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Trying Barefoot

Trying Barefoot..Barefoot running is a unique experience. You could call me a ‘late adopter’ as I only tried this out recently, using the Vibram Five Fingers barefoot running shoes. I had previously run in Nike Free, which are also a minimalist trainer, but still have enough rearfoot support to allow you to cheat and revert to your old habits of heel striking with every foot fall.

The Vibram’s on the other hand mould to your foot, increasing sensitivity to heel strike (a heavy heel strike would hurt after a bit), and encouraging a more forefoot contact with the ground with each foot landing whilst running.

This is associated with a more forward lean, a straighter spine posture throughout the running cycle, and clearly more ankle flexion with each contact. The more forward placement of the body’s centre of mass in this action, combined with the forefoot contact and greater range of ankle dorsiflexion all amount to a significantly greater load on the calf muscles during this method of propulsion. As a result, if you overdo it – like I did ( believe me it does not take much), you will experience a lot of calf pain the following few days and may limp about a lot.

That said, the forefoot running style does seem to greatly reduce the forces going up into the hips and low back and the stiff sore back often experienced after regular running seems to dissipate rapidly. It definitely feels like a more natural load to your spine, and once you get the hang of it, it is also a faster running style.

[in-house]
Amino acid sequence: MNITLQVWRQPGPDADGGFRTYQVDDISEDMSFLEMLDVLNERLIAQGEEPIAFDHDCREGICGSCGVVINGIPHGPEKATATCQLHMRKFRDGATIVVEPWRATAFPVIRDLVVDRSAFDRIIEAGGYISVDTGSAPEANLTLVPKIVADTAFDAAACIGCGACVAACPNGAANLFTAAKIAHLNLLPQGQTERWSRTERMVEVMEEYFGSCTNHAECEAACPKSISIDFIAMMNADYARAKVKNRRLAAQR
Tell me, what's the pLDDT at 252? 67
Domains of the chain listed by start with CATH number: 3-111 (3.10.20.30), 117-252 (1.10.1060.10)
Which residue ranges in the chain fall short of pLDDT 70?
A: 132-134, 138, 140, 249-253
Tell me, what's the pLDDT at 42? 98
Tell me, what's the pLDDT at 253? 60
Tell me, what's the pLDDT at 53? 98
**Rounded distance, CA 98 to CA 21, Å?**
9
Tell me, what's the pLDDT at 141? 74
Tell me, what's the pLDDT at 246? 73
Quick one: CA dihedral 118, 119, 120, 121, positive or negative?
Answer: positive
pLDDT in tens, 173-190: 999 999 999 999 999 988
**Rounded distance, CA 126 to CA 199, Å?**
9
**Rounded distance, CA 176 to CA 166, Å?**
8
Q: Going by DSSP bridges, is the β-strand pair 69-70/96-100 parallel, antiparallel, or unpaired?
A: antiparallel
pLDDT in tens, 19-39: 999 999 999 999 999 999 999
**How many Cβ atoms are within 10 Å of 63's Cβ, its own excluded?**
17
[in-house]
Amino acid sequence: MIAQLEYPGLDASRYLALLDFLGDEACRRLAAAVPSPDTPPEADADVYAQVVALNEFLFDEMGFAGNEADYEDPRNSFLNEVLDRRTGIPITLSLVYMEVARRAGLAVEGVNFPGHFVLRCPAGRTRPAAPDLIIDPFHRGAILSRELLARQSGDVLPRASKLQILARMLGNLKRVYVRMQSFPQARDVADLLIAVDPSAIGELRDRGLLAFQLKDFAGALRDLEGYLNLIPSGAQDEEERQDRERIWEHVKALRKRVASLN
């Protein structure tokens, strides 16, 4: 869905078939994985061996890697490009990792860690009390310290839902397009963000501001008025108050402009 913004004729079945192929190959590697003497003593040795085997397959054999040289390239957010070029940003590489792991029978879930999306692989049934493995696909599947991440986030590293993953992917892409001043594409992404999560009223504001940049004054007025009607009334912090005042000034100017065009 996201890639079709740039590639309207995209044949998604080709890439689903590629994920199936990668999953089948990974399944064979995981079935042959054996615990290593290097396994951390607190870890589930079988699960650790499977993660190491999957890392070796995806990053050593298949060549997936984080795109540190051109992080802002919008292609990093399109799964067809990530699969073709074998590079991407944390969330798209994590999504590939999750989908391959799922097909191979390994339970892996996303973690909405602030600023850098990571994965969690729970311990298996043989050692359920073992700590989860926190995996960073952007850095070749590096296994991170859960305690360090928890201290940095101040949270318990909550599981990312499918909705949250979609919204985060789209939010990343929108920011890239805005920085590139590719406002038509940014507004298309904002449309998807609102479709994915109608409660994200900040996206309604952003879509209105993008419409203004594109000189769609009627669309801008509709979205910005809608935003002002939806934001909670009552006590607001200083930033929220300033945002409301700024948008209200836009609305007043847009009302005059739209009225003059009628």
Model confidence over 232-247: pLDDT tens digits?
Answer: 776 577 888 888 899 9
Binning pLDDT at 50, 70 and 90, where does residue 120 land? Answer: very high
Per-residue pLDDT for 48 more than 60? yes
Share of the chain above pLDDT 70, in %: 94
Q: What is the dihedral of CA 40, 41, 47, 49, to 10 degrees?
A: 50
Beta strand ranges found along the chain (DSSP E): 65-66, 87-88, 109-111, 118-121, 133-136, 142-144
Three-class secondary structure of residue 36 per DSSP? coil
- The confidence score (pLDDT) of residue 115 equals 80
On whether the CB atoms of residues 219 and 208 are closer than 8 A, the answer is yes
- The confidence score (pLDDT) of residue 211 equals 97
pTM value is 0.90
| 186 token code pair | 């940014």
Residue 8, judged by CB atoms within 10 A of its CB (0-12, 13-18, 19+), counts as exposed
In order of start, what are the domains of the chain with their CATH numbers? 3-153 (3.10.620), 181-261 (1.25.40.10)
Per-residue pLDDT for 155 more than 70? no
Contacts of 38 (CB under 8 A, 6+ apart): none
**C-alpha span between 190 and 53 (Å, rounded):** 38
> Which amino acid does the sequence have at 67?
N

I spoke recently with a personal trainer who has trained in barefoot running about this and he recommended no more than 20 minutes, or roughly 3km per session to begin with and probably only 2-3 sessions per week for the first 4-6 weeks before increasing the distance. This allows time for the muscles to adapt to the new and different load during the running and will help avoid the development of an injury.

Some studies have shown that if you already have an injury in the foot and ankle region – i.e. plantar fasciitis, achilles tendinitis etc, then the barefoot training can often make things worse, so take it easy and make the right decision regarding trying barefoot running relative to your individual circumstances (if in doubt consult a specialist first).

You can still do other longer running sessions during the transition period in your ‘regular’ trainers using your ‘normal’ style of running, and can cross train by adding strength sessions in the gym, or other activities. The barefoot running does not need to be an all or nothing element in your training, but just a part of it to begin with, used intermittently as another tweak to your training regimen. Plus it is a lot of fun running around in those goofy shoes.

 

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